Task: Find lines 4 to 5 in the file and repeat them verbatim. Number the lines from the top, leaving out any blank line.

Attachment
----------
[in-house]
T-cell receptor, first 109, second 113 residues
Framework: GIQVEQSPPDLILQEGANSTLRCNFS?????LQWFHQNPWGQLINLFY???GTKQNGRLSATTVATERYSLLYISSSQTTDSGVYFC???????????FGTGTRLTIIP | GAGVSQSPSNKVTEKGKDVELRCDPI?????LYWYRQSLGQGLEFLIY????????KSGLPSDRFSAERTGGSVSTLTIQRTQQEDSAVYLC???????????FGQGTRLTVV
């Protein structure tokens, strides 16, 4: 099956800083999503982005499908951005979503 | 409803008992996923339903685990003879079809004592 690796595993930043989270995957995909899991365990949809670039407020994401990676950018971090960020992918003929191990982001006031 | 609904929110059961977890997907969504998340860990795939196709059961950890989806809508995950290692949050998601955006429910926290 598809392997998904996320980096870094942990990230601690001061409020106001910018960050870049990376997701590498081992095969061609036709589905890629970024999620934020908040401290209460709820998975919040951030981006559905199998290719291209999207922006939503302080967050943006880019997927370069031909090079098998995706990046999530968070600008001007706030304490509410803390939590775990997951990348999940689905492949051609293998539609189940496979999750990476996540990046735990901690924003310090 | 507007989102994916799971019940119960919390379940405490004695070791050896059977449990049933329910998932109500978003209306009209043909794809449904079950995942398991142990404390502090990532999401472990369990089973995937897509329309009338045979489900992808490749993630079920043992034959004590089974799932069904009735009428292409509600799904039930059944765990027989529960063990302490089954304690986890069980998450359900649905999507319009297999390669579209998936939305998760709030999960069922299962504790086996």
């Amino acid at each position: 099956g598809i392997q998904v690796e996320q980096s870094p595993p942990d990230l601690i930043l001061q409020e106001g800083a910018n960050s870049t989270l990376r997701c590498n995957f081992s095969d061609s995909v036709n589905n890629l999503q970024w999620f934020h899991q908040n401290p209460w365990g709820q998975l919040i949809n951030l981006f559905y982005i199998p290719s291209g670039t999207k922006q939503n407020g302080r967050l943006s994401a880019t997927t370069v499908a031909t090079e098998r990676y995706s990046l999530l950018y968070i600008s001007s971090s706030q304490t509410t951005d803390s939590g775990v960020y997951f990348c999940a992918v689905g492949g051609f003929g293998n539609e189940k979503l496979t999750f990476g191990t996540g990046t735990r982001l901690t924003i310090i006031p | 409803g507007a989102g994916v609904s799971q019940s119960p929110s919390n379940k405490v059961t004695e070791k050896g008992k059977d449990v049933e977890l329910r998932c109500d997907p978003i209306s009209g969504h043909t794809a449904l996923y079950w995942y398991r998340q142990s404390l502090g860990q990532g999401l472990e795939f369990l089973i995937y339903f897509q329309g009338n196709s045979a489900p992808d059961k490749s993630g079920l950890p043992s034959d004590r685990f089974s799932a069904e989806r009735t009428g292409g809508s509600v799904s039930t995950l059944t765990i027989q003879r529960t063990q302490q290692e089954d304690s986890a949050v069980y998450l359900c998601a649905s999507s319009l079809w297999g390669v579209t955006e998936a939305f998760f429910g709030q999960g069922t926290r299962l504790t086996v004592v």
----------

């Protein structure tokens, strides 16, 4: 099956800083999503982005499908951005979503 | 409803008992996923339903685990003879079809004592 690796595993930043989270995957995909899991365990949809670039407020994401990676950018971090960020992918003929191990982001006031 | 609904929110059961977890997907969504998340860990795939196709059961950890989806809508995950290692949050998601955006429910926290 598809392997998904996320980096870094942990990230601690001061409020106001910018960050870049990376997701590498081992095969061609036709589905890629970024999620934020908040401290209460709820998975919040951030981006559905199998290719291209999207922006939503302080967050943006880019997927370069031909090079098998995706990046999530968070600008001007706030304490509410803390939590775990997951990348999940689905492949051609293998539609189940496979999750990476996540990046735990901690924003310090 | 507007989102994916799971019940119960919390379940405490004695070791050896059977449990049933329910998932109500978003209306009209043909794809449904079950995942398991142990404390502090990532999401472990369990089973995937897509329309009338045979489900992808490749993630079920043992034959004590089974799932069904009735009428292409509600799904039930059944765990027989529960063990302490089954304690986890069980998450359900649905999507319009297999390669579209998936939305998760709030999960069922299962504790086996």
């Amino acid at each position: 099956g598809i392997q998904v690796e996320q980096s870094p595993p942990d990230l601690i930043l001061q409020e106001g800083a910018n960050s870049t989270l990376r997701c590498n995957f081992s095969d061609s995909v036709n589905n890629l999503q970024w999620f934020h899991q908040n401290p209460w365990g709820q998975l919040i949809n951030l981006f559905y982005i199998p290719s291209g670039t999207k922006q939503n407020g302080r967050l943006s994401a880019t997927t370069v499908a031909t090079e098998r990676y995706s990046l999530l950018y968070i600008s001007s971090s706030q304490t509410t951005d803390s939590g775990v960020y997951f990348c999940a992918v689905g492949g051609f003929g293998n539609e189940k979503l496979t999750f990476g191990t996540g990046t735990r982001l901690t924003i310090i006031p | 409803g507007a989102g994916v609904s799971q019940s119960p929110s919390n379940k405490v059961t004695e070791k050896g008992k059977d449990v049933e977890l329910r998932c109500d997907p978003i209306s009209g969504h043909t794809a449904l996923y079950w995942y398991r998340q142990s404390l502090g860990q990532g999401l472990e795939f369990l089973i995937y339903f897509q329309g009338n196709s045979a489900p992808d059961k490749s993630g079920l950890p043992s034959d004590r685990f089974s799932a069904e989806r009735t009428g292409g809508s509600v799904s039930t995950l059944t765990i027989q003879r529960t063990q302490q290692e089954d304690s986890a949050v069980y998450l359900c998601a649905s999507s319009l079809w297999g390669v579209t955006e998936a939305f998760f429910g709030q999960g069922t926290r299962l504790t086996v004592v």